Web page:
Please ensure Javascript is enabled for purposes of website accessibility

Why Apache Corporation Could Be a Big Winner in Shale

By Matthew DiLallo – Jul 20, 2016 at 4:23PM

You’re reading a free article with opinions that may differ from The Motley Fool’s Premium Investing Services. Become a Motley Fool member today to get instant access to our top analyst recommendations, in-depth research, investing resources, and more. Learn More

Plunging drilling costs in the Permian Basin and the SCOOP play of Oklahoma put the leading independent exploration & production company in a position to thrive.

Image source: Apache Corporation.

Analysts from energy research group Wood Mackenzie recently released a report detailing the game-changing reduction in costs shale drillers captured in recent years. The report noted that drillers cut the cost of new supplies by as much as 40% in the past two years alone. That not only makes shale viable in the current environment of low oil prices, but also poises it to fuel big winners when prices improve. In fact, the report pointed out that Apache (APA -0.75%) would likely be one of the winners. The reason it can win boils down to two critical characteristics: structural cost declines and controlling the right rocks.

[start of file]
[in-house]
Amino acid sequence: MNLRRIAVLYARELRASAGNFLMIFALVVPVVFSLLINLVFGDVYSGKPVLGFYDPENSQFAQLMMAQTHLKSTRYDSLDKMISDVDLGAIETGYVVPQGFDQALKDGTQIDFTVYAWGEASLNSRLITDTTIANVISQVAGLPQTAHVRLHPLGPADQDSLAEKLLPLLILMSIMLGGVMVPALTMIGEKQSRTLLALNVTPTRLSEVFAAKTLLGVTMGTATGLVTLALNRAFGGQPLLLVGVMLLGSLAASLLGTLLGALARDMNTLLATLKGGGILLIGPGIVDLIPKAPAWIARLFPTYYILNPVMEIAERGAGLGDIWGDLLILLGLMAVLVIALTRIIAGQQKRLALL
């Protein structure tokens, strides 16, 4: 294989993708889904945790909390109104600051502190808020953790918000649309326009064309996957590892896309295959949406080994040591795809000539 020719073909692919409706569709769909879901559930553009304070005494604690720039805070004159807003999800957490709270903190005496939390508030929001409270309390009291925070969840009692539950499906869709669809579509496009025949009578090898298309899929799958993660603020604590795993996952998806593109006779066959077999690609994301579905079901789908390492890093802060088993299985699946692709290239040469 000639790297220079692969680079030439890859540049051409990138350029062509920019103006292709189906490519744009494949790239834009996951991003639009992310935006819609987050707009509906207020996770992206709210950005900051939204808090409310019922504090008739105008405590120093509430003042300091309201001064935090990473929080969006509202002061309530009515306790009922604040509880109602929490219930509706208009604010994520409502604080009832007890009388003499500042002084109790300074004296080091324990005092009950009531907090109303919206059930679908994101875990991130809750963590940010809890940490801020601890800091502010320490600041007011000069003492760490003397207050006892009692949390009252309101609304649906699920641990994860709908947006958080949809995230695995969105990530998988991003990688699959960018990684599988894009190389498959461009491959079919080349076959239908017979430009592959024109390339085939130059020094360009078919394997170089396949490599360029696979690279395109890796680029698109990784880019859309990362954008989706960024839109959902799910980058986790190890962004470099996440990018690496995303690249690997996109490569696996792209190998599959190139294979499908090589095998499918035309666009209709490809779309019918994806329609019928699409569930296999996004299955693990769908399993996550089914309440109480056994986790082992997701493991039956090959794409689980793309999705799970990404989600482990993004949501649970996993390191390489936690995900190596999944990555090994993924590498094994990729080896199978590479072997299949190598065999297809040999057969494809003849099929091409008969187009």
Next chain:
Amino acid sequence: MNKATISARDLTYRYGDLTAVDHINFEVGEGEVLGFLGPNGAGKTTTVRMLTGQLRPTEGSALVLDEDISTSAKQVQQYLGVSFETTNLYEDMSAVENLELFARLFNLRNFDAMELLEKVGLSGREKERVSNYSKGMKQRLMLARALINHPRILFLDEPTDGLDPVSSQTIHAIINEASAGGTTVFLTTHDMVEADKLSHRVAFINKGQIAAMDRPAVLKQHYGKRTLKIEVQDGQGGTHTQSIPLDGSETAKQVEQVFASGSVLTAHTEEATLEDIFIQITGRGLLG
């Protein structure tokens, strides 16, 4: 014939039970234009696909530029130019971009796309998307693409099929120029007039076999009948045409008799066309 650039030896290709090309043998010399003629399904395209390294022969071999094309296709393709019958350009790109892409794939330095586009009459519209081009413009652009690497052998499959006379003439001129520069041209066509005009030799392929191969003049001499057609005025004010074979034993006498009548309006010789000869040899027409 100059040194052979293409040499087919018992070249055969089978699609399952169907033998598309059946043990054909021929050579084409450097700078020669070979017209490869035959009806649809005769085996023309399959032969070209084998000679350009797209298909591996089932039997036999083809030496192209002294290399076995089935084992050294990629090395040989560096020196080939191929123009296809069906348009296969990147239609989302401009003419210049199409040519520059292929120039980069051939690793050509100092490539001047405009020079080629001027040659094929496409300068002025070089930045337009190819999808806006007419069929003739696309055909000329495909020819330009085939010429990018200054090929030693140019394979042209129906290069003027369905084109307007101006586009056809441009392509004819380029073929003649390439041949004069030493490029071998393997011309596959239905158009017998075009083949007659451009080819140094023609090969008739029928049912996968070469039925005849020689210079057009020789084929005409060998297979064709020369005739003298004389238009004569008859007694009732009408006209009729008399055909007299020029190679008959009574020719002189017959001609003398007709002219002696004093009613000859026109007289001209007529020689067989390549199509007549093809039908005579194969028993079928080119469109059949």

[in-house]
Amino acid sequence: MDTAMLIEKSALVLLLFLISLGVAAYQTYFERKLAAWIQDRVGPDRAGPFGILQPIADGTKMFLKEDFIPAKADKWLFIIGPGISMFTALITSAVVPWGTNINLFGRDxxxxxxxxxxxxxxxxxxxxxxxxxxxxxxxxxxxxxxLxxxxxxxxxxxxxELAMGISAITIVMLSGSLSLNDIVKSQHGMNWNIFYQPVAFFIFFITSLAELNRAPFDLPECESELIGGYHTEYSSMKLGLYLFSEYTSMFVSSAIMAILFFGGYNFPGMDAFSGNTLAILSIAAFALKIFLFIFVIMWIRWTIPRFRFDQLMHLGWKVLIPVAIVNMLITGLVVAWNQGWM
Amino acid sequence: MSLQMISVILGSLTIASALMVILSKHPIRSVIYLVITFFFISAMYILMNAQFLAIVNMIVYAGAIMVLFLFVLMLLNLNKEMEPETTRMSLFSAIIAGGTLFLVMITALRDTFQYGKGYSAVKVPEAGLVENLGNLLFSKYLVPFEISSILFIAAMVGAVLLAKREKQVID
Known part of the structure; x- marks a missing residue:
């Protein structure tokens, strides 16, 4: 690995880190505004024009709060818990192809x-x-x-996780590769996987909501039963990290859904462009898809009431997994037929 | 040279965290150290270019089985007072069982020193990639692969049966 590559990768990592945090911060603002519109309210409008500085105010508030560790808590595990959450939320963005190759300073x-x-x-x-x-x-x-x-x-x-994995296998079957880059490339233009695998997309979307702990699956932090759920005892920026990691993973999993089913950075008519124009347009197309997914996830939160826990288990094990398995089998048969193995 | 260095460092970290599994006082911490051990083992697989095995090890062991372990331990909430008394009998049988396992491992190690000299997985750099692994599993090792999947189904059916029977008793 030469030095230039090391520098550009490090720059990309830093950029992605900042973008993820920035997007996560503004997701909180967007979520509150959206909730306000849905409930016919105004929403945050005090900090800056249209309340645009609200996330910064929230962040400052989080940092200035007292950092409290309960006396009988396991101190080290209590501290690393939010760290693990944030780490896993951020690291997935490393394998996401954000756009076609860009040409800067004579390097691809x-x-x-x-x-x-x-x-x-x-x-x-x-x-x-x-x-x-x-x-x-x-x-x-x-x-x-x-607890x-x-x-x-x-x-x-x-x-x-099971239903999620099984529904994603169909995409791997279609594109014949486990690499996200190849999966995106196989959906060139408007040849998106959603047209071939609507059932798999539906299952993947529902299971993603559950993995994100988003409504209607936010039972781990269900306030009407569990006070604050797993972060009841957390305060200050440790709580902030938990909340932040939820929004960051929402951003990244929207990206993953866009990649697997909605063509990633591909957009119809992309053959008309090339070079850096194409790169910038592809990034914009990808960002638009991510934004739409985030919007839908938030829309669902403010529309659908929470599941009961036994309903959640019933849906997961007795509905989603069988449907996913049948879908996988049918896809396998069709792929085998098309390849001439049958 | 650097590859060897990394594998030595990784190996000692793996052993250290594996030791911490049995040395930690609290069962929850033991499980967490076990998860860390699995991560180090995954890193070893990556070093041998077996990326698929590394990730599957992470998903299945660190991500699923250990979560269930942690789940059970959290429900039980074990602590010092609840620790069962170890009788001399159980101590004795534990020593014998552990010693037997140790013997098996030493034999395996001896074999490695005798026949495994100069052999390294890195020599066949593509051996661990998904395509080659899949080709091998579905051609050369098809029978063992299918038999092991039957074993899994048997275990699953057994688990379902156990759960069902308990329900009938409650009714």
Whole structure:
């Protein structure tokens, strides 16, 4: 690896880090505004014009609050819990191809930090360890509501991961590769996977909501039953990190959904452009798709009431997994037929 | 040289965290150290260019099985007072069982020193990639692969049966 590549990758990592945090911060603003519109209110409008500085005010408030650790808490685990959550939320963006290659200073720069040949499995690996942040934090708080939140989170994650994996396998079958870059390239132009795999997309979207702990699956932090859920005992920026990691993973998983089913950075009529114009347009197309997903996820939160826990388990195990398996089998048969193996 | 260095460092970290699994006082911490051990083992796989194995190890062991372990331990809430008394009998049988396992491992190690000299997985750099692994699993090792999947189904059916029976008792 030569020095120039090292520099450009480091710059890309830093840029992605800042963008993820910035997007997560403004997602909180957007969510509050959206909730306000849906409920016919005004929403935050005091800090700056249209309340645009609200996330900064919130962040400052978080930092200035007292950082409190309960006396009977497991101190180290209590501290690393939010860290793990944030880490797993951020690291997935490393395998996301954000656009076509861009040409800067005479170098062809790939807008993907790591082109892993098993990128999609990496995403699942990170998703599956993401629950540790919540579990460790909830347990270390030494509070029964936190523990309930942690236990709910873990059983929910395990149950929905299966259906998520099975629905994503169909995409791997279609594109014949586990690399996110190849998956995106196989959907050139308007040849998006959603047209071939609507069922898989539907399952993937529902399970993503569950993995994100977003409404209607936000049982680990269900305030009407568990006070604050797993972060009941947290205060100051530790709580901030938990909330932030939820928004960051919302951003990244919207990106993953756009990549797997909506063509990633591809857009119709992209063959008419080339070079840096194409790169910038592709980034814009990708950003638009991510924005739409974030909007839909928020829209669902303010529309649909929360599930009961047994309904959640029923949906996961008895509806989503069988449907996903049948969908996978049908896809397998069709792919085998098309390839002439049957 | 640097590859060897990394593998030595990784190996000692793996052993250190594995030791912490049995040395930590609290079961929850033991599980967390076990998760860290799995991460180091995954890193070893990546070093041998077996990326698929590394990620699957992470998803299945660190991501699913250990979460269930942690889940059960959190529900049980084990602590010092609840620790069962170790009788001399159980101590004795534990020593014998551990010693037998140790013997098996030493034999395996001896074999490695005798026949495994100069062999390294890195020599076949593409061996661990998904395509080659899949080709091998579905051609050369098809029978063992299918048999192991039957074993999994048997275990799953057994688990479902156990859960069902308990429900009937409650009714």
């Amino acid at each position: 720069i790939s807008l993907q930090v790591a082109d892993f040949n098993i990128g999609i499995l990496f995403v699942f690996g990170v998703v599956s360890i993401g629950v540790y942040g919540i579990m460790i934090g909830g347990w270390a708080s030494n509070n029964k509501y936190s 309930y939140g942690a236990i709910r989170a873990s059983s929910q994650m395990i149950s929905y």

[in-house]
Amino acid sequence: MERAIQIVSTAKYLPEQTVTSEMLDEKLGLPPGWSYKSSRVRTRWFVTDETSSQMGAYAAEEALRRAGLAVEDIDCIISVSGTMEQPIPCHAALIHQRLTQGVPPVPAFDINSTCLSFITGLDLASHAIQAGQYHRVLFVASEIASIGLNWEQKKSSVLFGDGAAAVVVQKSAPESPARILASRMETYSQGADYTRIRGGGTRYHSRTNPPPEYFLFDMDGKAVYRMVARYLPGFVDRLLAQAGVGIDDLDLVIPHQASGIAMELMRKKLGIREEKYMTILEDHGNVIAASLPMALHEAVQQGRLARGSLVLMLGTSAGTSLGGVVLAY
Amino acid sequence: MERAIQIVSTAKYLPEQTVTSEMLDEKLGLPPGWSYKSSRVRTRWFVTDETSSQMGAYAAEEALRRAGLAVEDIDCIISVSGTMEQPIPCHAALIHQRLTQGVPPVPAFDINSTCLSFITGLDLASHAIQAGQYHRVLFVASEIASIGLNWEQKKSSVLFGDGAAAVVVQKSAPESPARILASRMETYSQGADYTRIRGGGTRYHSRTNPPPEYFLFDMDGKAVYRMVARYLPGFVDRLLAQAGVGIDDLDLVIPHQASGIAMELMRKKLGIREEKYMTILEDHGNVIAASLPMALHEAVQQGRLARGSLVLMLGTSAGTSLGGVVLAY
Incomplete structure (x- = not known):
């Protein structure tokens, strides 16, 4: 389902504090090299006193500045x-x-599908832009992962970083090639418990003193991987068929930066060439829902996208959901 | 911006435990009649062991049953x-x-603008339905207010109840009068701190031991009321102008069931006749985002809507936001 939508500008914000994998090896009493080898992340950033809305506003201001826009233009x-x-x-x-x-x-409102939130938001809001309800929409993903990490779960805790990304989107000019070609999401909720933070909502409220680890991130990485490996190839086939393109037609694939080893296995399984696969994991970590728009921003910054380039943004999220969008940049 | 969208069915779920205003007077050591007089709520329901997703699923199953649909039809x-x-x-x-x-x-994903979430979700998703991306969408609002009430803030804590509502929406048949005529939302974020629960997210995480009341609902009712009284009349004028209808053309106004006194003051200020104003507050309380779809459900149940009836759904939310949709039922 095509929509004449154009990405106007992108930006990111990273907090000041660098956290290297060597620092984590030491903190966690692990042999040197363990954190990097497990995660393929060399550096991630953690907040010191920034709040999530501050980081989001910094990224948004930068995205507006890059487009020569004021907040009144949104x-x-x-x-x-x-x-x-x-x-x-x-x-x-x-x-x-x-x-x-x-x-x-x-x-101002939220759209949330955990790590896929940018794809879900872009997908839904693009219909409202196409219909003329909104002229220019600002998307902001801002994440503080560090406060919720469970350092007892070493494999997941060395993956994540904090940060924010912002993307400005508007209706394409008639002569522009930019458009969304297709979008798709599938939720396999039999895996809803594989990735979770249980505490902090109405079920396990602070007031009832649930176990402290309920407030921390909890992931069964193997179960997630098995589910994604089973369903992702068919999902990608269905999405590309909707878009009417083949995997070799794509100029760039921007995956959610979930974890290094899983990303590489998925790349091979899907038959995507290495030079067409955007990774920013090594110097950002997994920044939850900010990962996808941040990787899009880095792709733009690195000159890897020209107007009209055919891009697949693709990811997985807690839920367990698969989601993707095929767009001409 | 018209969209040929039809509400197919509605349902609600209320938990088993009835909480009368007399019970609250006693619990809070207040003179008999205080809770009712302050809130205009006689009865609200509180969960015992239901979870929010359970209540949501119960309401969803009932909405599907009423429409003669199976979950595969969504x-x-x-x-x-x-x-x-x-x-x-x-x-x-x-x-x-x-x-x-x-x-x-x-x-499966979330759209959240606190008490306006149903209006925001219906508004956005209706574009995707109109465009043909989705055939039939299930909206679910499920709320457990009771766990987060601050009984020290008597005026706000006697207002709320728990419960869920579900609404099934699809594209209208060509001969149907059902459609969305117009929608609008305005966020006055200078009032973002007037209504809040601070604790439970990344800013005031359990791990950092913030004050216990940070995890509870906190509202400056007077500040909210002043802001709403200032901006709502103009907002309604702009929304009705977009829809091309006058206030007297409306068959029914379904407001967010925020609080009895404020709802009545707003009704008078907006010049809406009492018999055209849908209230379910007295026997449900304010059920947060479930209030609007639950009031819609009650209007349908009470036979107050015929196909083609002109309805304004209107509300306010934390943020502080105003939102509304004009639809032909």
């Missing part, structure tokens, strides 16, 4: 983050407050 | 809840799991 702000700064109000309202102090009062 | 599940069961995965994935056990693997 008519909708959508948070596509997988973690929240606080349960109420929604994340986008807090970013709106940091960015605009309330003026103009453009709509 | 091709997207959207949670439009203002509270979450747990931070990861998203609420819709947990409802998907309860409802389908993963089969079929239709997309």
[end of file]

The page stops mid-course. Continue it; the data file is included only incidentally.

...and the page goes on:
Permanent cost reductions

Like most drillers, Apache has aggressively driven down costs during the downturn to mute the impact of low oil prices. In early 2015, for example, it laid off 5% of its workforce; it followed that up by cutting another 38 jobs earlier this year at its North Sea operations. Meanwhile, it worked directly with suppliers to obtain lower pricing on services and supplies. These initiatives pushed the company's gross overhead costs and lease operating expenses down 19% and 21%, respectively, year over year, while drilling costs dropped by an even more remarkable 45%.

That decline in drilling costs is particularly noteworthy because over half of the cost savings are structural in nature: